On the other hand, some senior leaders in the courts are not capable enough to serve as judges. If the judge quota system is implemented but these people do not become judges, it will affect their status in the court. Therefore, these people are not willing to carry out the judge quota system reform.

Not until the most recent round of judicial reform (2015-2017), did the Communist Party of China (CPC) Central Committee and the SPC begin to vigorously promote the judge quota system, and the situation began to change.

2. Determining the number of judges

First, the SPC solved the classification problem of court staff. In the recent round of judicial reform, the judge quota system and the classification of court staff are two measures in parallel. The SPC divides court staff into three categories: judges, judicial assistants, and administrative staff. Except for judges, law assistants, law clerks, and officers for judgment enforcement are listed as judicial assistants, while others are listed as administrative staff. 

Second, the SPC requires each court to determine the number of its judges. The SPC requires that each court should reasonably determine the number of its judges based on the economic and social development, population, caseload and case types in their jurisdiction, and according to the court level, the workload of the judges, the number of judicial assistants, and the infrastructure in each court.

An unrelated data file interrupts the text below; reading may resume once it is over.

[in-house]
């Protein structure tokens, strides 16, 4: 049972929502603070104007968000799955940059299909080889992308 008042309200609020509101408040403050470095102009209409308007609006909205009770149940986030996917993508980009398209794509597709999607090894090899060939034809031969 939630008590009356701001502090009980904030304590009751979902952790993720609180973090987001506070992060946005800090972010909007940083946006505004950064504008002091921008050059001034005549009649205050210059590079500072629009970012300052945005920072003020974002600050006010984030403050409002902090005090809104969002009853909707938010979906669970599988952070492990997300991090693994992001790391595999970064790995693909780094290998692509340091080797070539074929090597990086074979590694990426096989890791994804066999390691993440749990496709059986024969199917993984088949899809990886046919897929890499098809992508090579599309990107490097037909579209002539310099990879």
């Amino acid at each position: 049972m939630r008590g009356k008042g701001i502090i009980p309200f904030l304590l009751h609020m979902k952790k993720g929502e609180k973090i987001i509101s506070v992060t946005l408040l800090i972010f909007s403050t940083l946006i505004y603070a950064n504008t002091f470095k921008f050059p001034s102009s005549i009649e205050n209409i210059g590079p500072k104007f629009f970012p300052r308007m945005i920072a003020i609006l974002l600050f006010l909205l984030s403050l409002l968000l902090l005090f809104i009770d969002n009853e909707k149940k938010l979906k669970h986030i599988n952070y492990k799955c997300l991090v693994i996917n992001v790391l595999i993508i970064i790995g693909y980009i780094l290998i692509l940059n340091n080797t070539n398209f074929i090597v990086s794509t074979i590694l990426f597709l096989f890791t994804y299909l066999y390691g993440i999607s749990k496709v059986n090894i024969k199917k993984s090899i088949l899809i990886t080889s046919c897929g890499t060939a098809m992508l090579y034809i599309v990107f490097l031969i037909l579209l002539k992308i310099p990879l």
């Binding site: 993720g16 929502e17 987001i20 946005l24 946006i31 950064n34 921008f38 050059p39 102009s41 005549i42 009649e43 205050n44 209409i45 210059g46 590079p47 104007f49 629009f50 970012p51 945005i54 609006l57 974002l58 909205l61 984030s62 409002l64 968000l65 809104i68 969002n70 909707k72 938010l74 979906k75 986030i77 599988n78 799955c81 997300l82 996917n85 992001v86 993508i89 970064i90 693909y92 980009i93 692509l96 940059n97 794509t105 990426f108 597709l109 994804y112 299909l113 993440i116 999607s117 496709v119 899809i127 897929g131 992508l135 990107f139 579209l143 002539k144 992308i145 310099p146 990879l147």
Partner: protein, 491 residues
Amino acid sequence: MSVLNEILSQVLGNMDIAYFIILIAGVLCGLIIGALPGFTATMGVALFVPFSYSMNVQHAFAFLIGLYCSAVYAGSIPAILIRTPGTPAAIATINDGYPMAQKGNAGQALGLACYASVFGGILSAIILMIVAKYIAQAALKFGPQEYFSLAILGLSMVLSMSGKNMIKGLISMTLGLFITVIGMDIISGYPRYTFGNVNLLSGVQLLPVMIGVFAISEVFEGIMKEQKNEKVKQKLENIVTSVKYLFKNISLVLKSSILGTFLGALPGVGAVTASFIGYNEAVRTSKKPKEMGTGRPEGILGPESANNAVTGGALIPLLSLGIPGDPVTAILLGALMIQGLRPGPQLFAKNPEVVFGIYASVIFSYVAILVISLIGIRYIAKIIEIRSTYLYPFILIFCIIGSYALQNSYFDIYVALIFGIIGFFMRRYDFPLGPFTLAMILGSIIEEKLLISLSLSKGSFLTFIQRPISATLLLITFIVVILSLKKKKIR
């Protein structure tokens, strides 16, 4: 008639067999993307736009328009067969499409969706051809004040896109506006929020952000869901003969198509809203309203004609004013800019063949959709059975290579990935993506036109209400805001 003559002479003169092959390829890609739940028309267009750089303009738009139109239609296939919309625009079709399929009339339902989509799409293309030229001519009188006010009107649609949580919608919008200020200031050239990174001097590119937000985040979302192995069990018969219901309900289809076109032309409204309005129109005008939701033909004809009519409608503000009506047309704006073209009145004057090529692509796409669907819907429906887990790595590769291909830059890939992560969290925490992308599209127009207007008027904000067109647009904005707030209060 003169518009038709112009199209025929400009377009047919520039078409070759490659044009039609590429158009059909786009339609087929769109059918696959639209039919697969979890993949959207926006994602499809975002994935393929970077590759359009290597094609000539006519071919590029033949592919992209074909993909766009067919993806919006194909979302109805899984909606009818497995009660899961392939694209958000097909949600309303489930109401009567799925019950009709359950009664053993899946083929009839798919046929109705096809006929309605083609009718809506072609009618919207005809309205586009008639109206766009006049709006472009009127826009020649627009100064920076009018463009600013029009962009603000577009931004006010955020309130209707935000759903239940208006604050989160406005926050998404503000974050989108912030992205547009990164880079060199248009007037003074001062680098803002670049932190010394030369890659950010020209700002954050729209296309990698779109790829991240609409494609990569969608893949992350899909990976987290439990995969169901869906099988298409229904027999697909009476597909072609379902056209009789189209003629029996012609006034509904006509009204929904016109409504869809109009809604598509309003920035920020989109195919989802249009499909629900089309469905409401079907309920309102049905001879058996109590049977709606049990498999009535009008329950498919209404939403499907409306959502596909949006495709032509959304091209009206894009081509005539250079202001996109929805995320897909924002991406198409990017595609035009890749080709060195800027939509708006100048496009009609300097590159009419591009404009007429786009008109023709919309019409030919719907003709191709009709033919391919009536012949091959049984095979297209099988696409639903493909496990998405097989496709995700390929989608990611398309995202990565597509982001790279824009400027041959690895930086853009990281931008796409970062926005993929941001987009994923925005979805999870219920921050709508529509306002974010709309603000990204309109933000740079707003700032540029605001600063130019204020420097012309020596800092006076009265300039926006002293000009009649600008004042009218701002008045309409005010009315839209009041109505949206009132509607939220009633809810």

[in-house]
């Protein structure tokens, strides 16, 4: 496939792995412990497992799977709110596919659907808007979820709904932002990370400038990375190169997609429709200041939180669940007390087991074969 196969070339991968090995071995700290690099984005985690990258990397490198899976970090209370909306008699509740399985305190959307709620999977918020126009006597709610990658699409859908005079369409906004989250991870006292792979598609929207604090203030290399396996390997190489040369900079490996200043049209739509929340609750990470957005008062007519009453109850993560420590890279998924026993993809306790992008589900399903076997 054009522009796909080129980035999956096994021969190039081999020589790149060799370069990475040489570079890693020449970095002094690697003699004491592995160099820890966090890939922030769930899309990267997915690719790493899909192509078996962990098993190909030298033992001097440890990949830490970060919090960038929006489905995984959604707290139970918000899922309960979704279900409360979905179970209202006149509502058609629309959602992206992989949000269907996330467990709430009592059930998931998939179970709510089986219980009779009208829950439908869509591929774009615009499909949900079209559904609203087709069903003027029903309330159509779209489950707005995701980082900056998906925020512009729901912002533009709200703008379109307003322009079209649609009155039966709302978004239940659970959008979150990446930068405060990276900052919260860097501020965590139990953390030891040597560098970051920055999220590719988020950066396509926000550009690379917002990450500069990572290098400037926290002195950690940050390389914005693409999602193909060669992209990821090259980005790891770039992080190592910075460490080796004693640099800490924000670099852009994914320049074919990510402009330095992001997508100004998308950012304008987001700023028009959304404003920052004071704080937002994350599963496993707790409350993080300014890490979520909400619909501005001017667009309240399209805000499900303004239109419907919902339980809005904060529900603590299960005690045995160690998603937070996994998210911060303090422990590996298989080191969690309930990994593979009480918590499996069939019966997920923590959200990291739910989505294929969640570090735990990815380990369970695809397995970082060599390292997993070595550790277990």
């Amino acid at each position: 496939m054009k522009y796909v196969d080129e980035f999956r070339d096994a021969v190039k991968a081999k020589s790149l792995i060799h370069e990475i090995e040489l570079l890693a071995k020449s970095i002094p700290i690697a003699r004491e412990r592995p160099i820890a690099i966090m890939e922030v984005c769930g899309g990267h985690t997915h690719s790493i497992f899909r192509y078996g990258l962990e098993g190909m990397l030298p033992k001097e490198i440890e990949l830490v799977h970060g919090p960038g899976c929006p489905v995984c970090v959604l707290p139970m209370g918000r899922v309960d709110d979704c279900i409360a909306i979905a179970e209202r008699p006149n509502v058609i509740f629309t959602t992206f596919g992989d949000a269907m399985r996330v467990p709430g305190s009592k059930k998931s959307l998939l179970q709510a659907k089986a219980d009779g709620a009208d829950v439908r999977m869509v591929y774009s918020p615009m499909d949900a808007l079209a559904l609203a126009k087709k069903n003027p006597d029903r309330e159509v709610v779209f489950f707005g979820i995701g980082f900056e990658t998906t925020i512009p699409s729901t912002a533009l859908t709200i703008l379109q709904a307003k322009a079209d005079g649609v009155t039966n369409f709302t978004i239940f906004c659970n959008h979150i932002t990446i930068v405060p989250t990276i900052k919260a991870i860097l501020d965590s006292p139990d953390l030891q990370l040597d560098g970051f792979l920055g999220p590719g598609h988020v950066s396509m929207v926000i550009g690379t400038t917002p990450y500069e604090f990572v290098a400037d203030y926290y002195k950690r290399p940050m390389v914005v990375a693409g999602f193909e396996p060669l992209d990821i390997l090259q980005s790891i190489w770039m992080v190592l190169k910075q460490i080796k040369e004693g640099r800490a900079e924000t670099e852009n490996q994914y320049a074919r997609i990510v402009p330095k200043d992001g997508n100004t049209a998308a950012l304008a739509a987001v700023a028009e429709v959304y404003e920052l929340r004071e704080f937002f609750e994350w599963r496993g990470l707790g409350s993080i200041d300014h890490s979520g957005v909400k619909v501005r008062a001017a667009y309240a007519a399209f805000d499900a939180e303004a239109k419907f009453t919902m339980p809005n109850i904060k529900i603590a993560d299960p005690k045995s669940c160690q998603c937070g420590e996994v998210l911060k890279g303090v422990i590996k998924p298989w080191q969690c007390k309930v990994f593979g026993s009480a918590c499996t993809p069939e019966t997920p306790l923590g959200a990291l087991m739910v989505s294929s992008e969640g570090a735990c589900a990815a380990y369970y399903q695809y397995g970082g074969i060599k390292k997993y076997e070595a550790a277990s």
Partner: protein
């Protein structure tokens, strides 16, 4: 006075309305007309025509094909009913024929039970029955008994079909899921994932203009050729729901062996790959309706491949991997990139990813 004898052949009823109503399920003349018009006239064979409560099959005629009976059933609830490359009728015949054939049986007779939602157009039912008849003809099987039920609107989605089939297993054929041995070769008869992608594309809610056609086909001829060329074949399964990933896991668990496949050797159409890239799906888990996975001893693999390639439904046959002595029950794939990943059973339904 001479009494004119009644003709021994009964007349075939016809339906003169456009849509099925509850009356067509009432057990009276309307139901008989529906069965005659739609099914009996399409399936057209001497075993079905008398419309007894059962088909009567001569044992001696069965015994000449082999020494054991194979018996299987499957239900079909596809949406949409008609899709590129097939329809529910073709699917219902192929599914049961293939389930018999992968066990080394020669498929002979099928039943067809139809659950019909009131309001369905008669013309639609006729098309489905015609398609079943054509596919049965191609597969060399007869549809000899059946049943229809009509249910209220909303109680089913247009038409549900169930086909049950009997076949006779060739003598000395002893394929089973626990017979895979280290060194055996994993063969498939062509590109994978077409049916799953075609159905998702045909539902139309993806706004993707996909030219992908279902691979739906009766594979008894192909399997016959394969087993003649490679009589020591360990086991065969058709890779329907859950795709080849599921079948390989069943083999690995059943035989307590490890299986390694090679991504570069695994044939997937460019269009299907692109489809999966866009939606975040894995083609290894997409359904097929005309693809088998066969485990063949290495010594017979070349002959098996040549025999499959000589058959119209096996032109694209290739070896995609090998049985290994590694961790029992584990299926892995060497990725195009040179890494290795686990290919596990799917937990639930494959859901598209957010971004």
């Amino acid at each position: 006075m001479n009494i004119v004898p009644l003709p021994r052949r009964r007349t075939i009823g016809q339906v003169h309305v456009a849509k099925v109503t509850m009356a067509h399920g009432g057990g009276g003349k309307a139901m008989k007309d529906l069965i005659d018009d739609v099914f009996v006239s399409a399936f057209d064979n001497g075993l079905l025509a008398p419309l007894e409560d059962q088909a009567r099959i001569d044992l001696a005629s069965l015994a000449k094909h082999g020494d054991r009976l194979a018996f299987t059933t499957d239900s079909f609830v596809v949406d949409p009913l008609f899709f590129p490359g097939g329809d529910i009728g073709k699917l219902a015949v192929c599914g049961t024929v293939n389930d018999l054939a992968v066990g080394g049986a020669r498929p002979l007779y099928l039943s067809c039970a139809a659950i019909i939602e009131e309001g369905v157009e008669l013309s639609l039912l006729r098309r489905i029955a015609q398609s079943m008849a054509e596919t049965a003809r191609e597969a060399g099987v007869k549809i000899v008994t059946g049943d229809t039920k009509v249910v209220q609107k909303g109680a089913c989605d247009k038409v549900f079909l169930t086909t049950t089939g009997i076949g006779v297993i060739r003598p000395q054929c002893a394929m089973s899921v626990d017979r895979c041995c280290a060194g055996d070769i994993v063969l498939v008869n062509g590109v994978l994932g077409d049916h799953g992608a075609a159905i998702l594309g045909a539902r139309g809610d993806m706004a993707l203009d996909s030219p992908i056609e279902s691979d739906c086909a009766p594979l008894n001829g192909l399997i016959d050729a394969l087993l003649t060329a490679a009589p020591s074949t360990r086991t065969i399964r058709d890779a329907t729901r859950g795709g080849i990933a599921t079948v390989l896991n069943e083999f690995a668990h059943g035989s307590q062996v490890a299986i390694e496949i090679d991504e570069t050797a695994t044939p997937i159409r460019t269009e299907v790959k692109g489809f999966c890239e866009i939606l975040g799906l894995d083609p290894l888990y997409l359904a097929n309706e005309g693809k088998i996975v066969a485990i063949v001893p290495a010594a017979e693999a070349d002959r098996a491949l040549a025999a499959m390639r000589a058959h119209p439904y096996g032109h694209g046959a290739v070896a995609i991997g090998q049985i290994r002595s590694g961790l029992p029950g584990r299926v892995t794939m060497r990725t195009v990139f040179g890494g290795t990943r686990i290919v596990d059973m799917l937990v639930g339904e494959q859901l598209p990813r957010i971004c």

However, in practice, how to determine the number of judges in each court has become a problem. Although the SPC lists the elements above that should be considered, how to accurately calculate based on these elements is left to local courts to explore. It has also stimulated many Chinese judges and scholars to propose various programs.

Shanghai High People’s Court took the lead in adjusting the proportion of judges in the court staff from 56% to 33%. Specifically, it requires courts in Shanghai have 33% of judges, 52% of judicial assistants, and 15% of administrative staff.